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Schoenfeld, Clay (ed.) / Wisconsin alumnus
Volume 49, Number 8 (May 1948)

With the alumni,   pp. 24-25

Page 24

Judge Owen Shelves
The Burdens of Law
For Art and-Nature
   UP IN north central Wisconsin
in the town of Phillips, spring is
just taking hold and incidentally
beckoning a certain county judge
to come out where he belongs. The
judge, whenever he can, answers.
   He is Asa K. Owen, naturalist,
painter, photographer, conserva-
tionist, and poet-a man who has
been immersed in* law for 47
years, but never completely nor
permanently immersed. In his little
courtroom he presides over the squab-
bles of Price County in a brisk and
businesslike way. He apparently knows
the law like his own name, but keeps
it tucked in a separate compartment.
   Born in 1878, Asa Owen graduated
from the UW in 1901 and set out to
seek, not an affluent community where
a rising lawyer might gain fame and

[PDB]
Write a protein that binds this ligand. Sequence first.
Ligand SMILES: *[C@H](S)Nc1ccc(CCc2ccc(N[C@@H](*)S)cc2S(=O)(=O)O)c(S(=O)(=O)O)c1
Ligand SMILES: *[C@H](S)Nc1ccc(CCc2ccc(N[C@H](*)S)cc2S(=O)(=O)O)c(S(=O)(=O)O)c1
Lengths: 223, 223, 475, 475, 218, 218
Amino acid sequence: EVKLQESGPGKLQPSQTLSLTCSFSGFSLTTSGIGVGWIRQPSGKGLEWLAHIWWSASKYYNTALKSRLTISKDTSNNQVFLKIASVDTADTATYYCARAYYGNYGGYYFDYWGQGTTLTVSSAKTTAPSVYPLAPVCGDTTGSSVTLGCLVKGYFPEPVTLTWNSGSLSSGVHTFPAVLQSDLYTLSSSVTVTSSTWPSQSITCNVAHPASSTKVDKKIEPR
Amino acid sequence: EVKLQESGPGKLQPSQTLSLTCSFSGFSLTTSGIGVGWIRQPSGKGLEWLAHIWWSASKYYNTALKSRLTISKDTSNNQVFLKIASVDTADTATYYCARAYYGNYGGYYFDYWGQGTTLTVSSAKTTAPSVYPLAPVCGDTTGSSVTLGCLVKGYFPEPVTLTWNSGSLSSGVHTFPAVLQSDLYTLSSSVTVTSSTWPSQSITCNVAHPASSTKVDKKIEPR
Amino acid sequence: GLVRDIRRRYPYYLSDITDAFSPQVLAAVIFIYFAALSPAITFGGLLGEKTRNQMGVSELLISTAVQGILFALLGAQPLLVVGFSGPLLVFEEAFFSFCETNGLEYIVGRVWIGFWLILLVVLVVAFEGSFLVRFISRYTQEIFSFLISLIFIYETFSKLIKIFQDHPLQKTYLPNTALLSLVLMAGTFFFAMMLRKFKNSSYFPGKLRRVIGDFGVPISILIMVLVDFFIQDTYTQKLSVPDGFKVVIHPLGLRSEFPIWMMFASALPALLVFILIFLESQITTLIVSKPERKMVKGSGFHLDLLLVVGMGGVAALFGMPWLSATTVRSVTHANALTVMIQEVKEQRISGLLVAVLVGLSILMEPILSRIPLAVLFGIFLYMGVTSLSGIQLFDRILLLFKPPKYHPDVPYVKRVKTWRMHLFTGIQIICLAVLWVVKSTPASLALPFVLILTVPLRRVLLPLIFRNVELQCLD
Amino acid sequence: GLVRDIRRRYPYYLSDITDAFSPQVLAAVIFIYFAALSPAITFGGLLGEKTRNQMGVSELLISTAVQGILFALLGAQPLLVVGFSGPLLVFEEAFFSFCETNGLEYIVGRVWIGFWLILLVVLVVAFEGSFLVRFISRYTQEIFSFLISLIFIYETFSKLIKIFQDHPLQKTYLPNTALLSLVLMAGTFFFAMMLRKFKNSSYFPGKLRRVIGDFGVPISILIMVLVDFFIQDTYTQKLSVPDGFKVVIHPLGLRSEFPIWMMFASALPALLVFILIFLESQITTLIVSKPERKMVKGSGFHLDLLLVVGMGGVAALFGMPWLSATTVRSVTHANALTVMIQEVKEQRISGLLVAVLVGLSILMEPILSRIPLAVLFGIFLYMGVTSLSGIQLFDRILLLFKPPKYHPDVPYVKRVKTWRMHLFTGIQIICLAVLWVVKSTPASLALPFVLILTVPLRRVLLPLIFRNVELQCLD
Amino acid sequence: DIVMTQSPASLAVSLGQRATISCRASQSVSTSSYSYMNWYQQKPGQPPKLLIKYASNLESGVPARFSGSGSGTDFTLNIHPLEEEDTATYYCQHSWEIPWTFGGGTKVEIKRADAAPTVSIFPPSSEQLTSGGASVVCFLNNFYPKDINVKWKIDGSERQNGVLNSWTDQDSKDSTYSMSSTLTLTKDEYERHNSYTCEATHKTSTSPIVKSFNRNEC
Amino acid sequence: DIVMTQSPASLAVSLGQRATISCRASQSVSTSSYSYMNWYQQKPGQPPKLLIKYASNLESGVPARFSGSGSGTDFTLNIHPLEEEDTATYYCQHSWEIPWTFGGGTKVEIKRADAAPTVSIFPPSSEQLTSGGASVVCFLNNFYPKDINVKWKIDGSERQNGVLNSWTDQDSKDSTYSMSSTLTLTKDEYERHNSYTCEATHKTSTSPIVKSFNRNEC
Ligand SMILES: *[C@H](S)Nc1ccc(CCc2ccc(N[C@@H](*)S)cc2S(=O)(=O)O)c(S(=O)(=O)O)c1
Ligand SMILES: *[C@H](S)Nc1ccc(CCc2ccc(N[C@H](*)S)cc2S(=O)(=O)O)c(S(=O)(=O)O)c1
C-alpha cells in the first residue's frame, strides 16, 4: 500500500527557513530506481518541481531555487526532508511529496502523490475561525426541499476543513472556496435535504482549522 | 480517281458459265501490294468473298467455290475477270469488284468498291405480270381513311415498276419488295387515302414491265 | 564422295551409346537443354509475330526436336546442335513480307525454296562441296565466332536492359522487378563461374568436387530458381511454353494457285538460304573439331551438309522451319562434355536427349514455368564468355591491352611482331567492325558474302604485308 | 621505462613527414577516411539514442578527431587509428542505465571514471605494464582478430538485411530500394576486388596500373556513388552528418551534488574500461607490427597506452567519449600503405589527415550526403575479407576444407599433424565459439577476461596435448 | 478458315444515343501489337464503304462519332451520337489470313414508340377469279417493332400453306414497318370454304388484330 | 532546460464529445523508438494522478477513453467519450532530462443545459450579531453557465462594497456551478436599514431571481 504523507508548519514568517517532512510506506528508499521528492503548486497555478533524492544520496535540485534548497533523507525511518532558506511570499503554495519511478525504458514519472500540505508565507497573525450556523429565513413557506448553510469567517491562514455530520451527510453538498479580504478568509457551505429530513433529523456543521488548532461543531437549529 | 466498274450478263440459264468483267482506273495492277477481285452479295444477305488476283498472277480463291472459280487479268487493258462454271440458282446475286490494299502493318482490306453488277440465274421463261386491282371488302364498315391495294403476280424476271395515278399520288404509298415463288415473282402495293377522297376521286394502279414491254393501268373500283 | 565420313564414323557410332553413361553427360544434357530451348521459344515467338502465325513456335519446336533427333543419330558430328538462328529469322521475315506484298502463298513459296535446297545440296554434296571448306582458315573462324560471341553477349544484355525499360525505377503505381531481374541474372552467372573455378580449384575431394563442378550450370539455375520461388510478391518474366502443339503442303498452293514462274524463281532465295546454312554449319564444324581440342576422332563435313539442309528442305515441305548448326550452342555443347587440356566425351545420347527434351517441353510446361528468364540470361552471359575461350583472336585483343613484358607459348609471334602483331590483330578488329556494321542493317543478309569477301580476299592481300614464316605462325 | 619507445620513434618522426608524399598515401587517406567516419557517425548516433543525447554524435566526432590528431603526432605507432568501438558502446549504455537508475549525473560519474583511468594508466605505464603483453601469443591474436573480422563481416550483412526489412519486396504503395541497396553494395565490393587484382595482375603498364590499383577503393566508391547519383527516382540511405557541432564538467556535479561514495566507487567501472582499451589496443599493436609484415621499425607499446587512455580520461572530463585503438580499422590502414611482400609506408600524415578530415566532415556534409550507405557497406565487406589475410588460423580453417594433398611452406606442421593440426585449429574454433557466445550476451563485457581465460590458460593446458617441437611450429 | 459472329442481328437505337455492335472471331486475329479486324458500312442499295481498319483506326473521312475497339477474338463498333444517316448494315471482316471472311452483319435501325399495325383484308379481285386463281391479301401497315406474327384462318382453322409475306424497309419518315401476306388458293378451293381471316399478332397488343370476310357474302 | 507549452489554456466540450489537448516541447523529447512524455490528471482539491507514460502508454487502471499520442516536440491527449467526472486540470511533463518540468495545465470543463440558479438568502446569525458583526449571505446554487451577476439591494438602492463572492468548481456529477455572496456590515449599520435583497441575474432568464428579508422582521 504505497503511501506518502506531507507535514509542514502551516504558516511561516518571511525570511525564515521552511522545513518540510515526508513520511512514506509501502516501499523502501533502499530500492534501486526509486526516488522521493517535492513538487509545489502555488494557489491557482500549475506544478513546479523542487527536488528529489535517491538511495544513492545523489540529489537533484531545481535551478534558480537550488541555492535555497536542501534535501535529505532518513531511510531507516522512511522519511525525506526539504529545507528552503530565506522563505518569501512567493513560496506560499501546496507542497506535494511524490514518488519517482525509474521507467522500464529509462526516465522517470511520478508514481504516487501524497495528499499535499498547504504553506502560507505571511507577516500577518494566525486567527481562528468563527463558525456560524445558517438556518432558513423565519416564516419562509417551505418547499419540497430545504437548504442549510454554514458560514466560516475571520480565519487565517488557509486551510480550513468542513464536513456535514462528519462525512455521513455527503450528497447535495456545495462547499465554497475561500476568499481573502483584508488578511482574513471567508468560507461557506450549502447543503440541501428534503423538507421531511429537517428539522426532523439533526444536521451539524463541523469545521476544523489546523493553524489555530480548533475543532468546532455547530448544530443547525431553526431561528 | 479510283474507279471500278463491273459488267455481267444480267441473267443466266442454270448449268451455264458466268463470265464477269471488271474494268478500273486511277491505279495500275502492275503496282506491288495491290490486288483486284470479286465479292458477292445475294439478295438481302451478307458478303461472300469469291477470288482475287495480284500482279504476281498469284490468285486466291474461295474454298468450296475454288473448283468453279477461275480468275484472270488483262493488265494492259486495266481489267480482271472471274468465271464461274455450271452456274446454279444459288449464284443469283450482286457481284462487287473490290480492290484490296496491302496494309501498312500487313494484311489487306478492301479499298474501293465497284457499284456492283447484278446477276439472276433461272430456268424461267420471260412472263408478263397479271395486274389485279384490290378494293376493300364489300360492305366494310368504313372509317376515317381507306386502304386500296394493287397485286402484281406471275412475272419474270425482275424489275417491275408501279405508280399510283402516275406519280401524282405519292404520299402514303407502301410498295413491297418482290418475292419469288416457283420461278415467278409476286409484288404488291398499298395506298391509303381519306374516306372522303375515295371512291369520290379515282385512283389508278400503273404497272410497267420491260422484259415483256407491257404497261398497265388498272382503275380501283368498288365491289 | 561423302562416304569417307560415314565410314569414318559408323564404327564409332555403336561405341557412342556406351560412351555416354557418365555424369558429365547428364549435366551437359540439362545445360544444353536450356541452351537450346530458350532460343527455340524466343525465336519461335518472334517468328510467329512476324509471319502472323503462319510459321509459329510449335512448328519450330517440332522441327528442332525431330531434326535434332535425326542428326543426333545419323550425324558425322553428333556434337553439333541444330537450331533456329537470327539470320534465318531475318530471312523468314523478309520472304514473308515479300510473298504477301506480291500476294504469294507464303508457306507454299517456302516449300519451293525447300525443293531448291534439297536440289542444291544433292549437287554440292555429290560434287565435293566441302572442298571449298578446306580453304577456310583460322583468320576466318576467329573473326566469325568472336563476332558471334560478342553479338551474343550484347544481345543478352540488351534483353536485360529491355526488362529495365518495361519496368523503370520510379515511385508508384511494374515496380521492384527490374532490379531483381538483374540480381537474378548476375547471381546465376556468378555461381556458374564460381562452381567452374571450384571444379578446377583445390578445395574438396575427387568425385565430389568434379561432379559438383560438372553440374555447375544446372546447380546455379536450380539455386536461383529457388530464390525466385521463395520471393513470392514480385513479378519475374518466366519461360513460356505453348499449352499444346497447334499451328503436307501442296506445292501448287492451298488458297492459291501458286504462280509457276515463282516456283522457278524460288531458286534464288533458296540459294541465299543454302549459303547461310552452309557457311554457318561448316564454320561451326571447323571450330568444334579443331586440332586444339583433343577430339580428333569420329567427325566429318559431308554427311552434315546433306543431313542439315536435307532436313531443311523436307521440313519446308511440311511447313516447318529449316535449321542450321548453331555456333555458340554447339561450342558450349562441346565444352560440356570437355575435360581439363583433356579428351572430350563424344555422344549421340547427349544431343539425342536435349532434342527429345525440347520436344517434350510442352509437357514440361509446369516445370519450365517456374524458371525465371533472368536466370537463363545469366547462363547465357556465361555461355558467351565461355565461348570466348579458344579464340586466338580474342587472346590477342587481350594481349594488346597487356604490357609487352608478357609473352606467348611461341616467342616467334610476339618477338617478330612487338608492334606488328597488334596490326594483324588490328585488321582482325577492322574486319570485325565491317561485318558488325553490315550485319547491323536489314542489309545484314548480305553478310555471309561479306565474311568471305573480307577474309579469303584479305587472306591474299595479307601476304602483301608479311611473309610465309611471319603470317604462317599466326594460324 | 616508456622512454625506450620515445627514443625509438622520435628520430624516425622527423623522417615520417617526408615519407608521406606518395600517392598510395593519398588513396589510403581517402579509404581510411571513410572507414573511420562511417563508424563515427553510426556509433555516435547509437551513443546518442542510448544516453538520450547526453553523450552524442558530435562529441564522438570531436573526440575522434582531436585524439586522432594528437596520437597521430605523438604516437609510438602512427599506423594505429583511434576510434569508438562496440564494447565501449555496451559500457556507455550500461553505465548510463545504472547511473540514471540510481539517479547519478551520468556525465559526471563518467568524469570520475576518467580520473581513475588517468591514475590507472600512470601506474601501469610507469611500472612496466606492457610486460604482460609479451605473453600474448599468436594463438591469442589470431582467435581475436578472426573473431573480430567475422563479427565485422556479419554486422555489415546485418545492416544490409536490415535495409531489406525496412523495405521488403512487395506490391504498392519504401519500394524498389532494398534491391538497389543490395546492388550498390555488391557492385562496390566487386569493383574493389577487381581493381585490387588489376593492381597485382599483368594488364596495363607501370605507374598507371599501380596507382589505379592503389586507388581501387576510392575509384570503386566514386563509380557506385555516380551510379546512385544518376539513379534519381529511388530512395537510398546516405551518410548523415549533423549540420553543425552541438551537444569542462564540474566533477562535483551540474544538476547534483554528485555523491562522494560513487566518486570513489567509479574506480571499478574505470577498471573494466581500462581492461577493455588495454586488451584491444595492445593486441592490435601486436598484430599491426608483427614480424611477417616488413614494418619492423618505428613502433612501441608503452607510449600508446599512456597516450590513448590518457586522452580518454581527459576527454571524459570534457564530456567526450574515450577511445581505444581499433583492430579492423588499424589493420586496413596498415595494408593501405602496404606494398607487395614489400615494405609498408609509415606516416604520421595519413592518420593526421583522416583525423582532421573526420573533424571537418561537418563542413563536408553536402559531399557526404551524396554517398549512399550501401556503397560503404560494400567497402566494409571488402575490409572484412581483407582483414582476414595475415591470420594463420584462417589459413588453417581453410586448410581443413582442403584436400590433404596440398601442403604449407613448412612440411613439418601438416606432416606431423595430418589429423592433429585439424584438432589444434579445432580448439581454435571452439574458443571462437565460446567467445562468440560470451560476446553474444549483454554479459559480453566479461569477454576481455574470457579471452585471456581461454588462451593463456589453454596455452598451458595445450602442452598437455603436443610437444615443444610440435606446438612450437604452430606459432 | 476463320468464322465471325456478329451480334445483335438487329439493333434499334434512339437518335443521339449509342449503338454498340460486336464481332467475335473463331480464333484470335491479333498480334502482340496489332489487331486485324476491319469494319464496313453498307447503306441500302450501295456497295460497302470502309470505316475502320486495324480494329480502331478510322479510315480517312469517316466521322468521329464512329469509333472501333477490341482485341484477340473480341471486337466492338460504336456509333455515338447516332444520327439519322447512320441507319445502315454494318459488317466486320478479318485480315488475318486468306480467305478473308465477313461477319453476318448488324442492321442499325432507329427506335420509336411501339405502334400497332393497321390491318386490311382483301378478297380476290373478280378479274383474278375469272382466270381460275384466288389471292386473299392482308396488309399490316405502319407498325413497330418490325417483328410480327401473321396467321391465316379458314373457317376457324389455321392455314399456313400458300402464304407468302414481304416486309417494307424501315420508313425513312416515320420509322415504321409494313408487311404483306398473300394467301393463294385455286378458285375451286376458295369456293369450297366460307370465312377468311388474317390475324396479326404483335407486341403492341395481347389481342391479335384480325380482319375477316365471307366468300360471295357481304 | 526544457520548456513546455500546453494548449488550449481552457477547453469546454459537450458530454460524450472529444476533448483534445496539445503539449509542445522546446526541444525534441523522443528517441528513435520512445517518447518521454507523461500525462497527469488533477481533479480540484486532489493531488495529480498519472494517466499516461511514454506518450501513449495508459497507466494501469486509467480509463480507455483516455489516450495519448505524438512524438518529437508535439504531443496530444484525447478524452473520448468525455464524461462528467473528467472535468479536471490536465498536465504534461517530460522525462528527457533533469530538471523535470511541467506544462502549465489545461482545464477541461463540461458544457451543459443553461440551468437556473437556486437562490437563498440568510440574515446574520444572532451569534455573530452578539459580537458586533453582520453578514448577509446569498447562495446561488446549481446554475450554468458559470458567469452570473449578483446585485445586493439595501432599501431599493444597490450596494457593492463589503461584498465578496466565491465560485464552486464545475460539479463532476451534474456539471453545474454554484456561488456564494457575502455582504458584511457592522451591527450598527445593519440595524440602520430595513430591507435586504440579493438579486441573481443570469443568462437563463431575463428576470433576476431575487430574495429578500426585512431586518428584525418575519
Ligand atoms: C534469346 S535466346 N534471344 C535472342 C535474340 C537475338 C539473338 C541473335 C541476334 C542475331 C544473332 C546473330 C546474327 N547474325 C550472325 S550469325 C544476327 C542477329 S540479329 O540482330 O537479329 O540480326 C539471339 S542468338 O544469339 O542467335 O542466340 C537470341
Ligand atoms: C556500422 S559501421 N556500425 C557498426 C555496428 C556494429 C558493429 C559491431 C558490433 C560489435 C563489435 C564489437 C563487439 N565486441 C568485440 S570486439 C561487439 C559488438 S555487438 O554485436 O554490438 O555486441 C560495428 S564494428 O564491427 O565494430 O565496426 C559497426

wealth, but a spot of beauty where he
could live with pleasure. He was first
elected county judge in 1910 and has
been that ever since. Nobody cares to
run against him, because he's doing a
good job and the election results would
be obvious anyway. Who would want
to court certain defeat at the polls?
  But the judge's conversation is as far
removed from technical "judge talk"
about Blink vs. B 1 a nk as can be
imagined. At heart, he is a naturalist
-and therefore an ardent conserva-
tionist. Few had more to do with estab-
lishing Northern Lakes Park than did
Judge Owen. No one has served on
more unpaid conservation commissions.
  Judge Owen's water colors-mostly
of wild life and forest scenes-are not